Shenandoah Valley Electric Cooperative board Chair Helsley’s opening statement in his Oct. 12 letter is correct. “Ace Hardware, State Farm, REI, Land O’Lakes and Shenandoah Valley Electric Cooperative … [are] all cooperatives.” The core values he lists (honesty, transparency, equity, inclusiveness and service to the greater community good) are appropriate for cooperatives.
It’s less clear that SVEC customers experience “voluntary and open membership," “democratic member control” and “economic participation.” And it’s hard to square Dr. Helsley’s assertion that “it’s not just about dollars” with SVEC’s proposed rate increases now awaiting State Corporation Commission action.
Joining a cooperative like Ace Hardware is voluntary. Not so with SVEC. If you reside in its territory, you must buy your electricity from SVEC. When it wants to raise rates, you aren’t invited to weigh in on the need for and amount of the raise before it seeks SCC approval. Holding an after-the-fact “telephone town hall," where SVEC can control incoming questions and can provide answers without necessarily allowing real discussion, isn’t “democratic member control.”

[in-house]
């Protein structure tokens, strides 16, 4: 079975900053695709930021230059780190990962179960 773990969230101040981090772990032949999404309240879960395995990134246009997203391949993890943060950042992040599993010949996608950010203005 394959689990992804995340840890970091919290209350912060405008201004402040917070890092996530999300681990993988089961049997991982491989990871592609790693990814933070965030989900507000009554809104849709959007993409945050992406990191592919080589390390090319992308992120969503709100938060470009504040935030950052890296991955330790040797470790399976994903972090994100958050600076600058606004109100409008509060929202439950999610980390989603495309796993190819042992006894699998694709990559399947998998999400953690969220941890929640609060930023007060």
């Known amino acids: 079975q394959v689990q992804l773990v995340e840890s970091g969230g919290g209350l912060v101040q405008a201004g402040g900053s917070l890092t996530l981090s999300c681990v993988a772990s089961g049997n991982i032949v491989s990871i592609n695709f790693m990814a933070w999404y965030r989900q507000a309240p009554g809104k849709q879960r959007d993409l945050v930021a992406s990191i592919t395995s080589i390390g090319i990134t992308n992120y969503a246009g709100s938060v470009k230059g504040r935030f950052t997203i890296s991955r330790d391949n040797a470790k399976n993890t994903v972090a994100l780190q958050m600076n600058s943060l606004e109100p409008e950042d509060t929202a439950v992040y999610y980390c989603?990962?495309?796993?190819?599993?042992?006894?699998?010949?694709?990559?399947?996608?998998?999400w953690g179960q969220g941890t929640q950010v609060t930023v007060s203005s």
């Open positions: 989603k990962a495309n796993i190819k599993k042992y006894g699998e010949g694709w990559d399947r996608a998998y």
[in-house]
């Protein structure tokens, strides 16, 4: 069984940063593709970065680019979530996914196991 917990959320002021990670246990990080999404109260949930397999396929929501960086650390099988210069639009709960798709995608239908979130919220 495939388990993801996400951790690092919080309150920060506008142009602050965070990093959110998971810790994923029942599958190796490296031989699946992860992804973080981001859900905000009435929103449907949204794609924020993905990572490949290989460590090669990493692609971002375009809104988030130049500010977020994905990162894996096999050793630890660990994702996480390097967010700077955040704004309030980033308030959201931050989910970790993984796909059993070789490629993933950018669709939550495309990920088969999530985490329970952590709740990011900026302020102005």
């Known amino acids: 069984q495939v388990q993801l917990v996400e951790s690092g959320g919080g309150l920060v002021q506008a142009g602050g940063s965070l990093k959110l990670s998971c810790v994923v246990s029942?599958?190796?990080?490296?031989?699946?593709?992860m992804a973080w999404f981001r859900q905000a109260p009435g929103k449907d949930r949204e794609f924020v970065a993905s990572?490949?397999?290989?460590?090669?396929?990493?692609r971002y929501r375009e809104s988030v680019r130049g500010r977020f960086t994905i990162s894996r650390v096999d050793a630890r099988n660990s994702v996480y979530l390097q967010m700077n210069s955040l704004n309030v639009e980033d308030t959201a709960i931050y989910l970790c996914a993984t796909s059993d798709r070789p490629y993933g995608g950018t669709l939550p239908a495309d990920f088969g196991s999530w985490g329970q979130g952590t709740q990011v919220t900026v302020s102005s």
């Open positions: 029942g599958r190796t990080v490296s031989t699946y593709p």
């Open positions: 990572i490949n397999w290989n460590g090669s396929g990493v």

The proposed base rate increase and new residential demand charges may, or may not, be the best ways to “better position the cooperative for the future.” They would have serious economic consequences for many members’ pocketbooks. They would also stymie members’ ability to control their electricity costs through energy efficiency improvements and installing solar panels.
Dr. Helsley left out important details about SVEC’s proposed rate increases. SVEC members deserve to know those details and what they mean for their future electricity costs.